Therefore if we wish to do God’s will, we will work and pray for Al Quds to become an inclusive city that reflects God’s vision, a city of justice, peace & reconciliation. Insha’Allāh.
Christ Church Vicarage
Father Roy writes:
Peers, the Palestinian-Israeli conflict has a tangible focal point:Jerusalem. The word “Jerusalem” means “City of Peace”. An international debate over the future status of Jerusalem is now in progress, on-line as well as off-line. To hear from the Palestinian side, read MIFTAH’s latest mailing pasted below. To learn the extent to which Israeli officials are incensed that the debate has grown international, watch this short video: BBC Refuses To Name Jerusalem As Israel’s Capital (04:47).
The Rev. Naim Ateek, a Palestinian Christian, states the obvious in the language of diplomacy: ”Jerusalem remains the key to peace. Ultimately it is what happens to Jerusalem that will determine whether a viable peace is achieved or not. Unless the International Community can build peace based on a just foundation, it is difficult to imagine a permanent resolution of the conflict.” Karen Armstrong explains why this is true in an article published in Time Magazine: Why Jerusalem Was Central To Muhammad. For additional reading: www.sabeel.org… and www.cmep.org….
President Obama literally caused global warming when he told an AIPAC conference that Jerusalem must remain “undivided” and ”Israel’s eternal capital. America’s President missed a peacemaking opportunity that day which would have been consistent with even his own foreign policy. All the President needed to say was that Jerusalem must remain “undivided and SHARED”. Peers, let’s think about the matter. Let’s think more and more deeply. It’s not too late for President Obama to correct his mistake. All he has to do is finish his sentence. Let’s Contact The White House and insist that he do. Please read on.
The Christian Right, in their unquestioning support of the Israeli government, often forget that almost all of the Christians in the ‘Holy Land’ are Palestinians.
The church in Israel/Palestine indeed has the unenviable task of preaching love and reconciliation between all the peoples of the land (Christian, Muslim and Jew) while enduring outright hostility from so many of their brethren in the West.
Bishop Younan Calls Church to Remain Steadfast, Hopeful, and Prophetic
JERUSALEM, 25 January 2012 – Worshippers from nearly every Christian tradition crowded into the Evangelical Lutheran Church of the Redeemer in the Old City of Jerusalem last evening to mark day four of the Week of Prayer for Christian Unity.
Together, those gathered celebrated a Service of the Word in Arabic, German, and English with Bishop Dr. Munib Younan, of the Evangelical Lutheran Church in Jordan and the Holy Land (ELCJHL), preaching.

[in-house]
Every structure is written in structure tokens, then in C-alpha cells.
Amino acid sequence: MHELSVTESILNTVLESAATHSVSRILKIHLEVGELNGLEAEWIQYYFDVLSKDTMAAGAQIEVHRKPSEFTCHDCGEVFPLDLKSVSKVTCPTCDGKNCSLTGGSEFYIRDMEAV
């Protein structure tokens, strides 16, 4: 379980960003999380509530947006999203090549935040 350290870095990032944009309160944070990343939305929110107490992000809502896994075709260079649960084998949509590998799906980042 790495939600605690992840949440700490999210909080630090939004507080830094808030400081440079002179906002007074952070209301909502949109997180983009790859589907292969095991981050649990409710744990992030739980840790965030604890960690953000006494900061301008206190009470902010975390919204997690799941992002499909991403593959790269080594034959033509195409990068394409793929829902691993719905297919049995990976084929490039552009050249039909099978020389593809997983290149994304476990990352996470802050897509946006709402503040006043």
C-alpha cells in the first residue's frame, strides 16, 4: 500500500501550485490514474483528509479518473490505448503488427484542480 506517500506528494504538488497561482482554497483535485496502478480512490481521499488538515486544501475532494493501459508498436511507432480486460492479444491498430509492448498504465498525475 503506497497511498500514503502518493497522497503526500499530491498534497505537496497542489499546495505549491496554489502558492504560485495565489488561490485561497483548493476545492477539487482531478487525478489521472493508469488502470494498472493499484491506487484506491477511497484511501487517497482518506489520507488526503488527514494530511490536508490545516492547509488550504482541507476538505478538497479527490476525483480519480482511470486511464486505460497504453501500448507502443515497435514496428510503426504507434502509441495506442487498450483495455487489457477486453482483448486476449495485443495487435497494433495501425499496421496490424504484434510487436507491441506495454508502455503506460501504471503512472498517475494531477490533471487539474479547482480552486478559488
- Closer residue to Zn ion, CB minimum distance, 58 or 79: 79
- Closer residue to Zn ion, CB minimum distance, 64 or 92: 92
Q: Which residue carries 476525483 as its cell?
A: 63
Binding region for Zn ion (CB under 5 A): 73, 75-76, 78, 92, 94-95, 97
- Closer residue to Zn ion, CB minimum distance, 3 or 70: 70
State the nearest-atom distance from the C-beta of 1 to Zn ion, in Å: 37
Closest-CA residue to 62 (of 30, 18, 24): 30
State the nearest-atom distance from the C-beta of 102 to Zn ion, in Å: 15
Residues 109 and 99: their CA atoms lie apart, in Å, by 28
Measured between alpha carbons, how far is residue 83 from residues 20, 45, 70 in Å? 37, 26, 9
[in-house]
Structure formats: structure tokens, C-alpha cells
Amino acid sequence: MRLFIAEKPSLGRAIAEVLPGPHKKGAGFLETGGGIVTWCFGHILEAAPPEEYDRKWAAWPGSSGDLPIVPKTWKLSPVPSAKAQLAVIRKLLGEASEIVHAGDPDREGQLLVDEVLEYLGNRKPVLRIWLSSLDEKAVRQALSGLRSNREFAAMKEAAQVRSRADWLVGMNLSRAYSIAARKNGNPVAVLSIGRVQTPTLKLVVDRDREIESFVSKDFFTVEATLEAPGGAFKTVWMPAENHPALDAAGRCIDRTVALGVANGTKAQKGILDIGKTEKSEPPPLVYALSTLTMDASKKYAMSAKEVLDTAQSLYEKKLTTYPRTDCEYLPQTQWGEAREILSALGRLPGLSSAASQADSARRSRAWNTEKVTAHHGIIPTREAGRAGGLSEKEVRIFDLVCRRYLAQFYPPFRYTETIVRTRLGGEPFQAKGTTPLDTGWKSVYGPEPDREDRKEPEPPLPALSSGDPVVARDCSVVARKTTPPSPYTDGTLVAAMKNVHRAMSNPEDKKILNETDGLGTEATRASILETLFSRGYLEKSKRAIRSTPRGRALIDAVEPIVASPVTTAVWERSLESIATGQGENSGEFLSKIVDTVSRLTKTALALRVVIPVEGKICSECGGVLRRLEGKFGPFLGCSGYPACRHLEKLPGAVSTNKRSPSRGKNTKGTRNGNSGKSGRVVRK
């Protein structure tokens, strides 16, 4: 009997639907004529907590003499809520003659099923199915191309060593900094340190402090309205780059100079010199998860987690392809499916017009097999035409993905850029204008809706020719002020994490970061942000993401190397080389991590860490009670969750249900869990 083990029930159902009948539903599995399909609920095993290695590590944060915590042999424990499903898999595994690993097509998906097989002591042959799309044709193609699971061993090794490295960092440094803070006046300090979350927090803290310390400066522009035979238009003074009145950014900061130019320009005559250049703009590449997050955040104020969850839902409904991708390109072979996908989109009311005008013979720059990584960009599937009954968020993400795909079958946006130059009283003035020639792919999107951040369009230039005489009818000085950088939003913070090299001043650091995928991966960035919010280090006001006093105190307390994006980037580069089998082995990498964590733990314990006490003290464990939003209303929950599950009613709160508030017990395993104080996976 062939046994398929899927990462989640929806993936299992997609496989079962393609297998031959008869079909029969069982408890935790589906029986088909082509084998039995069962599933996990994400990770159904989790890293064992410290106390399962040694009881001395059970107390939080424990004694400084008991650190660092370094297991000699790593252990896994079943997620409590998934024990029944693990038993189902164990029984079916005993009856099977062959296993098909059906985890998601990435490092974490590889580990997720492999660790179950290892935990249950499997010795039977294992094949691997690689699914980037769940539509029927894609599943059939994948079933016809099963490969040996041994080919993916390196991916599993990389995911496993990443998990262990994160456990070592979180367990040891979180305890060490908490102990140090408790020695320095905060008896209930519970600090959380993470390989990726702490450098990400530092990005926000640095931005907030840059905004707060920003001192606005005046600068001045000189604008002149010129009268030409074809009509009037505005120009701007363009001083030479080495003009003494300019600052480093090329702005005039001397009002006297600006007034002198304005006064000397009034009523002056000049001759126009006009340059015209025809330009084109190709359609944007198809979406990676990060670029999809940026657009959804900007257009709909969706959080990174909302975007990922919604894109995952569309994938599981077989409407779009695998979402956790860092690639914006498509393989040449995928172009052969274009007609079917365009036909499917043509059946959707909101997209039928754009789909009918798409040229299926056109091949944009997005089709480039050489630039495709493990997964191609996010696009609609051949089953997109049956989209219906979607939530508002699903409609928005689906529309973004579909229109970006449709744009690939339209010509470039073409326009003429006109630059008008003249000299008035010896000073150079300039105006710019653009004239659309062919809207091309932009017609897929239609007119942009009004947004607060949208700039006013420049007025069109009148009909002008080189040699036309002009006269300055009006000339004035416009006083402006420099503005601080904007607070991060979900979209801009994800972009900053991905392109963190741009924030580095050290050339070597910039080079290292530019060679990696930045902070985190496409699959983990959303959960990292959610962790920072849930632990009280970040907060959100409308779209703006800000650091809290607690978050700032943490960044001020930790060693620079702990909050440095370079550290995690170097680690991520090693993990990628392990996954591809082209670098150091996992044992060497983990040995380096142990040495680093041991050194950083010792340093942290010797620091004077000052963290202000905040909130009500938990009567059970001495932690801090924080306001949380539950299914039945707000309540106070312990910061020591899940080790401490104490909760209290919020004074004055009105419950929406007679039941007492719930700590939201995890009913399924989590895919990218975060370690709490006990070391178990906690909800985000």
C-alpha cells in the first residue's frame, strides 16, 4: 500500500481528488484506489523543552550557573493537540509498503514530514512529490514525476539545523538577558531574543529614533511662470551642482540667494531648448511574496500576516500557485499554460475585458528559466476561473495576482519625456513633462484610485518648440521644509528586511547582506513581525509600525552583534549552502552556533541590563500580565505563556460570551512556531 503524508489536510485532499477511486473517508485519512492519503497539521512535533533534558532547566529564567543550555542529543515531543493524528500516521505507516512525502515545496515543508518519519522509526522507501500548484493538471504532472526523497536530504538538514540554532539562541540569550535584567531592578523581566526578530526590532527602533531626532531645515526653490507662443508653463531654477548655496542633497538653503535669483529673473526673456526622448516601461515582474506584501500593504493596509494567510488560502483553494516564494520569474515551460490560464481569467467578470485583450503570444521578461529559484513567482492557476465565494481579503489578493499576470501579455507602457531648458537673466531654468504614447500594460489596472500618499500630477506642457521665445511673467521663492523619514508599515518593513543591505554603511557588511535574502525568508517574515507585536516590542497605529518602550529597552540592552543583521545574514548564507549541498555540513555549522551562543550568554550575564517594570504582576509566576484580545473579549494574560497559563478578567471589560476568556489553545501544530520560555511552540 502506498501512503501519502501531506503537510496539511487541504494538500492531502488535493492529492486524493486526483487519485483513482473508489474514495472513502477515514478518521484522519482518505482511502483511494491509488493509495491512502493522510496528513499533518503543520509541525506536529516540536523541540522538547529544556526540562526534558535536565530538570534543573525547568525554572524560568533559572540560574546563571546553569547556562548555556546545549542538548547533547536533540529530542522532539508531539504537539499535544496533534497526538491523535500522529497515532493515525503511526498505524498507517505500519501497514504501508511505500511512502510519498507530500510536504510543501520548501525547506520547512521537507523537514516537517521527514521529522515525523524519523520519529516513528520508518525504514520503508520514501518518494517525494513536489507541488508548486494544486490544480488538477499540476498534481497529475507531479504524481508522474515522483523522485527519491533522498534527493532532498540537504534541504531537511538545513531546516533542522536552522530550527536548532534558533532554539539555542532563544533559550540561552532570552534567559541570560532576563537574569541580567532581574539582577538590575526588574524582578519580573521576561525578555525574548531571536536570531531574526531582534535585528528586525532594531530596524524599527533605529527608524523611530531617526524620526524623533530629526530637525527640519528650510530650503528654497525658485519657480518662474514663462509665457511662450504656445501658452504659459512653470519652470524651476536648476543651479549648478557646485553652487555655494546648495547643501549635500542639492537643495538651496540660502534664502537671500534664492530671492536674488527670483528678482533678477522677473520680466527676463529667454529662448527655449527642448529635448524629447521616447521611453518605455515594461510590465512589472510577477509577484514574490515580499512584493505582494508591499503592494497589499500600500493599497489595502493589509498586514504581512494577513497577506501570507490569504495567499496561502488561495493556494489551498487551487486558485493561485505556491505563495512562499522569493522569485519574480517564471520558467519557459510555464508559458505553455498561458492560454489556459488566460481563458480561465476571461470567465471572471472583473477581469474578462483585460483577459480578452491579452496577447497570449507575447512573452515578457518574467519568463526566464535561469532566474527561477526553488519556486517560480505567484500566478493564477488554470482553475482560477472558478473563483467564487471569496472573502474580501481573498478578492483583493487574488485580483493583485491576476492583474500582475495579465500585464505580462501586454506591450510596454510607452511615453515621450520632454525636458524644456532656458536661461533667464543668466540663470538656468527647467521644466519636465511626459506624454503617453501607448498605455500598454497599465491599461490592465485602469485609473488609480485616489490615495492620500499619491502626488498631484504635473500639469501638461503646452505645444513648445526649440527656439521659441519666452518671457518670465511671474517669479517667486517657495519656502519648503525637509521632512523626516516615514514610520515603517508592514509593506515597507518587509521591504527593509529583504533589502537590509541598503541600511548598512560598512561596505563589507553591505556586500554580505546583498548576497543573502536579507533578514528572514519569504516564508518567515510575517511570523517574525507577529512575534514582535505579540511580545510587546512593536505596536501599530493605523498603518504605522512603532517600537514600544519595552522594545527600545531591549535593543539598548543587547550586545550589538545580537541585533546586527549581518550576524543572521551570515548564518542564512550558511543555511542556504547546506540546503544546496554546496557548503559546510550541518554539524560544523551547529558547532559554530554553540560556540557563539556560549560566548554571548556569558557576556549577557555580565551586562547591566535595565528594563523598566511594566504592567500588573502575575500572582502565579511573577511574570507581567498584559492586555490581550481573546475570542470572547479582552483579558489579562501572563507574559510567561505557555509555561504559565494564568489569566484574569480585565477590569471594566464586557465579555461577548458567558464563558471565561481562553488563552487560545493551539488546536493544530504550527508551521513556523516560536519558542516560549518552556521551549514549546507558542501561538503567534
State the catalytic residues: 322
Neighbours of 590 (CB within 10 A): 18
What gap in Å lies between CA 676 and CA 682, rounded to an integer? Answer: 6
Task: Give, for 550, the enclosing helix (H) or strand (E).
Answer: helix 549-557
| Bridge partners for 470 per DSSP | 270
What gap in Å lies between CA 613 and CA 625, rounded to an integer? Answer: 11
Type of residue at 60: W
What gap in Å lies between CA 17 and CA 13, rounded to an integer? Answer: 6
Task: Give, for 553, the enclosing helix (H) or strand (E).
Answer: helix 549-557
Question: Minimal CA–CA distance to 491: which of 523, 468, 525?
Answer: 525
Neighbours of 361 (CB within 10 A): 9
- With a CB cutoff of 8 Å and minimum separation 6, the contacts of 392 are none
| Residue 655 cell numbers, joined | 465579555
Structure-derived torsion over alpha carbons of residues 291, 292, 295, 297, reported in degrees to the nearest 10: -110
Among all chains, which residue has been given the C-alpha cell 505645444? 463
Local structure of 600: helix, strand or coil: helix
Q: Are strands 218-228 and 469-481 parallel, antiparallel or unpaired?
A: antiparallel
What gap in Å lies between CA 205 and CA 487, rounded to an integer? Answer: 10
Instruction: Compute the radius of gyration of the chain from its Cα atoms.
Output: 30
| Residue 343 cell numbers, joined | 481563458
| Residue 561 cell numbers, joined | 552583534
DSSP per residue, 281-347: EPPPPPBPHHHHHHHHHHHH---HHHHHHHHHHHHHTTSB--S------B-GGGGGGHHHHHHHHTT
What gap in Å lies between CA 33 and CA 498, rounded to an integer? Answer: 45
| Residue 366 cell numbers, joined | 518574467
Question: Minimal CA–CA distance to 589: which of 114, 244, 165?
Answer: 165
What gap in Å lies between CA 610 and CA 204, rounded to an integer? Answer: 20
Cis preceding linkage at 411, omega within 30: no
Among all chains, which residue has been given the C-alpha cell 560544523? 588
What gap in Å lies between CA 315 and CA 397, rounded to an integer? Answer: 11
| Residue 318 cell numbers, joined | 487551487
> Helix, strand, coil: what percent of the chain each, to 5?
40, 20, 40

In his sermon, Younan reflected on the centrality of the cross of Christ not as doctrine or decoration, but as the very way of life, unity, history, experience, and call in the church—not only in the past, but in the present life and witness of the church in society.
“The church today is again called to be bridge-builders and ambassadors of reconciliation.” Younan said. “We are called to play a role in building a modern civil society, but also to inject into society the common values of all religions that promote coexistence, peace, and justice, and accepting the other. We are called to a prophetic role, speaking the truth to power. Only when the church is involved in society, and especially among the suffering, then it will have a future.”
Younan spoke to recent articles published questioning the survival of Arab Christianity in the aftermath of the Arab Spring and developments in the Middle East that point toward a growth in extremism and threaten to curtail human rights, in particular women’s rights.
Yet, Younan said, “even in these circumstances, we will continue to be steadfast and not emigrate. For we are a people who carry a message—a message of love, a message of moderation, a message of undying hope—a message entrusted to us that is so essential in these days as the situation in the entire Middle East continues to develop. We are called to remain because the Lord called us to be brokers of justice and instruments of peace in the Holy Land.”
Younan called on the local Christian community to “Remain steadfast. Do not give up hope. Remember your calling. Be a source for moderation in the midst of a sea of extremism.”
Younan also called upon expatriate and global Christian communities to “take up your crosses in an accompaniment relationship with the local churches. Walk with us as the Emmaus disciples and Jesus walked together on that first Easter afternoon, listening to one another, learning about the current situation in Jerusalem… Come abide with us. Come share our bread. Come and see.”